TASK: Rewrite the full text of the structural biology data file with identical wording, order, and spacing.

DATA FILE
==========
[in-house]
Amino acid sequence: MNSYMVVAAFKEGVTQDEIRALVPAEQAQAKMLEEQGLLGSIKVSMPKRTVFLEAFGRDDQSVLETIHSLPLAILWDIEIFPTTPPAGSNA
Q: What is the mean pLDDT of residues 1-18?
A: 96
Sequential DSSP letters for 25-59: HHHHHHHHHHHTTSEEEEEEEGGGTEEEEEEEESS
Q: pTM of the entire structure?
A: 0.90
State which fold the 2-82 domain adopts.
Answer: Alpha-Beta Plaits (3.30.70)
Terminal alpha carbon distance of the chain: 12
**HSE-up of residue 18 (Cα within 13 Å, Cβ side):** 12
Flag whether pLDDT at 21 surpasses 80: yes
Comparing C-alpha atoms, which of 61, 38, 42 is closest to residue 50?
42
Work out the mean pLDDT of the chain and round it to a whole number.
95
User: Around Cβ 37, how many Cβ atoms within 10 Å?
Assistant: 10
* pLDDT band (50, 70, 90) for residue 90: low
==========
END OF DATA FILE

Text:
[in-house]
Amino acid sequence: MNSYMVVAAFKEGVTQDEIRALVPAEQAQAKMLEEQGLLGSIKVSMPKRTVFLEAFGRDDQSVLETIHSLPLAILWDIEIFPTTPPAGSNA
Q: What is the mean pLDDT of residues 1-18?
A: 96
Sequential DSSP letters for 25-59: HHHHHHHHHHHTTSEEEEEEEGGGTEEEEEEEESS
Q: pTM of the entire structure?
A: 0.90
State which fold the 2-82 domain adopts.
Answer: Alpha-Beta Plaits (3.30.70)
Terminal alpha carbon distance of the chain: 12
**HSE-up of residue 18 (Cα within 13 Å, Cβ side):** 12
Flag whether pLDDT at 21 surpasses 80: yes
Comparing C-alpha atoms, which of 61, 38, 42 is closest to residue 50?
42
Work out the mean pLDDT of the chain and round it to a whole number.
95
User: Around Cβ 37, how many Cβ atoms within 10 Å?
Assistant: 10
* pLDDT band (50, 70, 90) for residue 90: low